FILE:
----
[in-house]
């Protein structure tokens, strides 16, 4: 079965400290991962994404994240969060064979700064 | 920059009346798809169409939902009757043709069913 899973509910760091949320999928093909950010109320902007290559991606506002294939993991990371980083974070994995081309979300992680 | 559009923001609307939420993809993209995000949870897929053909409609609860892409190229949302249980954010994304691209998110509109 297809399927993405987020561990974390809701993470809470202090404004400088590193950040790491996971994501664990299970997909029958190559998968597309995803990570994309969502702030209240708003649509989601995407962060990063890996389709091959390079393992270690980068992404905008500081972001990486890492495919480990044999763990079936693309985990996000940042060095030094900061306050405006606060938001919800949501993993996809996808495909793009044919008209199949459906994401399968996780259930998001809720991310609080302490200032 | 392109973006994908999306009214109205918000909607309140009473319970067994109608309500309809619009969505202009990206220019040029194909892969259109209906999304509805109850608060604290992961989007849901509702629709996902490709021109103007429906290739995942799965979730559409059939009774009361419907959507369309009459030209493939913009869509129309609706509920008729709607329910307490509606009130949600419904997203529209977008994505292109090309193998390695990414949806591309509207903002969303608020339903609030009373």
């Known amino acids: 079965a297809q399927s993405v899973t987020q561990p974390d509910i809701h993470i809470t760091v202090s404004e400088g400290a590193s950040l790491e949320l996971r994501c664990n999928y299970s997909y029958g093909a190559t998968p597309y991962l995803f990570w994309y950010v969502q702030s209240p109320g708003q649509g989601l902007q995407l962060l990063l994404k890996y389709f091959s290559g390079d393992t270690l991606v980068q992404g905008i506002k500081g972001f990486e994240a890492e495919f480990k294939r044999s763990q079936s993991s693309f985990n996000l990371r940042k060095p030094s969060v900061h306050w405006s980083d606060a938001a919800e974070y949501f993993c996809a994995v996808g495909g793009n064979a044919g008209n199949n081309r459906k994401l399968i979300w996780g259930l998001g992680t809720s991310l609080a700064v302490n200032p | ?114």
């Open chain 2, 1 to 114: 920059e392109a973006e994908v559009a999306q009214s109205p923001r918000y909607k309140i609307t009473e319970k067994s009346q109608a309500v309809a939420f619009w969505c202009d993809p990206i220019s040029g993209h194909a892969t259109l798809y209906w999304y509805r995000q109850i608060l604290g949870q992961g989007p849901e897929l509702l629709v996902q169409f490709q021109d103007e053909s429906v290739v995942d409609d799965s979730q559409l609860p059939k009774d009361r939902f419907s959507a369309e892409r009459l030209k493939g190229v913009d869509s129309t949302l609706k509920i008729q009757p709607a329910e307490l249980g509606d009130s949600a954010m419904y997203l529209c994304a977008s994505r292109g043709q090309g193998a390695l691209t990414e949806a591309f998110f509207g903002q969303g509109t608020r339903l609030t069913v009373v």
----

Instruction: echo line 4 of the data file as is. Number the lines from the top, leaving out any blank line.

């Open chain 2, 1 to 114: 920059e392109a973006e994908v559009a999306q009214s109205p923001r918000y909607k309140i609307t009473e319970k067994s009346q109608a309500v309809a939420f619009w969505c202009d993809p990206i220019s040029g993209h194909a892969t259109l798809y209906w999304y509805r995000q109850i608060l604290g949870q992961g989007p849901e897929l509702l629709v996902q169409f490709q021109d103007e053909s429906v290739v995942d409609d799965s979730q559409l609860p059939k009774d009361r939902f419907s959507a369309e892409r009459l030209k493939g190229v913009d869509s129309t949302l609706k509920i008729q009757p709607a329910e307490l249980g509606d009130s949600a954010m419904y997203l529209c994304a977008s994505r292109g043709q090309g193998a390695l691209t990414e949806a591309f998110f509207g903002q969303g509109t608020r339903l609030t069913v009373v």